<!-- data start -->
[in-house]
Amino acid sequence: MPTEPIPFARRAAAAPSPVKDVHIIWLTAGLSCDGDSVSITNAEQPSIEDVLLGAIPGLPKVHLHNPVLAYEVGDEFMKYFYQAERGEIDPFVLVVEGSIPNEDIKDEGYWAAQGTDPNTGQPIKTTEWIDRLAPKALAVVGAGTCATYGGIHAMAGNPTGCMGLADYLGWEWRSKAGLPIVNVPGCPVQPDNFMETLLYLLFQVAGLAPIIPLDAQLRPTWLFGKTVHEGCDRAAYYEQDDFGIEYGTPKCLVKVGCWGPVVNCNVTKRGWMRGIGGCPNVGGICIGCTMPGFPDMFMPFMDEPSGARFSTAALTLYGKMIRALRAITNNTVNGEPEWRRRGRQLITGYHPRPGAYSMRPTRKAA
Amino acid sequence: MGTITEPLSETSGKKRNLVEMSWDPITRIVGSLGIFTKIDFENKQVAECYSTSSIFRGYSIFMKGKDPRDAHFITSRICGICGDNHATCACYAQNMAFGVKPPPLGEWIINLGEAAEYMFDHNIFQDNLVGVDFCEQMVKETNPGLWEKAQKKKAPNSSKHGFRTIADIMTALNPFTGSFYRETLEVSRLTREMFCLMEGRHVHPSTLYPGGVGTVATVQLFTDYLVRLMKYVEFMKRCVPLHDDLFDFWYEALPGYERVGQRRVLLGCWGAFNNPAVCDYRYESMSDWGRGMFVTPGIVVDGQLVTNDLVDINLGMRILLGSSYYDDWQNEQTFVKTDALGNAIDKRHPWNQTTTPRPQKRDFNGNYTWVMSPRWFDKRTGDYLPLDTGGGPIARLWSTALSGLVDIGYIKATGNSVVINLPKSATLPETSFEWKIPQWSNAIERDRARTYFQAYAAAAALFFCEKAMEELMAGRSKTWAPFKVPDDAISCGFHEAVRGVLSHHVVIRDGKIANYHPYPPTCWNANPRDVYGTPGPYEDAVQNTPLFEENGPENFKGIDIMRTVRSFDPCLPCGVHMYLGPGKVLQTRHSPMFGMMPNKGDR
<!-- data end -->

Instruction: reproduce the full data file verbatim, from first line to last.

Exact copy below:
[in-house]
Amino acid sequence: MPTEPIPFARRAAAAPSPVKDVHIIWLTAGLSCDGDSVSITNAEQPSIEDVLLGAIPGLPKVHLHNPVLAYEVGDEFMKYFYQAERGEIDPFVLVVEGSIPNEDIKDEGYWAAQGTDPNTGQPIKTTEWIDRLAPKALAVVGAGTCATYGGIHAMAGNPTGCMGLADYLGWEWRSKAGLPIVNVPGCPVQPDNFMETLLYLLFQVAGLAPIIPLDAQLRPTWLFGKTVHEGCDRAAYYEQDDFGIEYGTPKCLVKVGCWGPVVNCNVTKRGWMRGIGGCPNVGGICIGCTMPGFPDMFMPFMDEPSGARFSTAALTLYGKMIRALRAITNNTVNGEPEWRRRGRQLITGYHPRPGAYSMRPTRKAA
Amino acid sequence: MGTITEPLSETSGKKRNLVEMSWDPITRIVGSLGIFTKIDFENKQVAECYSTSSIFRGYSIFMKGKDPRDAHFITSRICGICGDNHATCACYAQNMAFGVKPPPLGEWIINLGEAAEYMFDHNIFQDNLVGVDFCEQMVKETNPGLWEKAQKKKAPNSSKHGFRTIADIMTALNPFTGSFYRETLEVSRLTREMFCLMEGRHVHPSTLYPGGVGTVATVQLFTDYLVRLMKYVEFMKRCVPLHDDLFDFWYEALPGYERVGQRRVLLGCWGAFNNPAVCDYRYESMSDWGRGMFVTPGIVVDGQLVTNDLVDINLGMRILLGSSYYDDWQNEQTFVKTDALGNAIDKRHPWNQTTTPRPQKRDFNGNYTWVMSPRWFDKRTGDYLPLDTGGGPIARLWSTALSGLVDIGYIKATGNSVVINLPKSATLPETSFEWKIPQWSNAIERDRARTYFQAYAAAAALFFCEKAMEELMAGRSKTWAPFKVPDDAISCGFHEAVRGVLSHHVVIRDGKIANYHPYPPTCWNANPRDVYGTPGPYEDAVQNTPLFEENGPENFKGIDIMRTVRSFDPCLPCGVHMYLGPGKVLQTRHSPMFGMMPNKGDR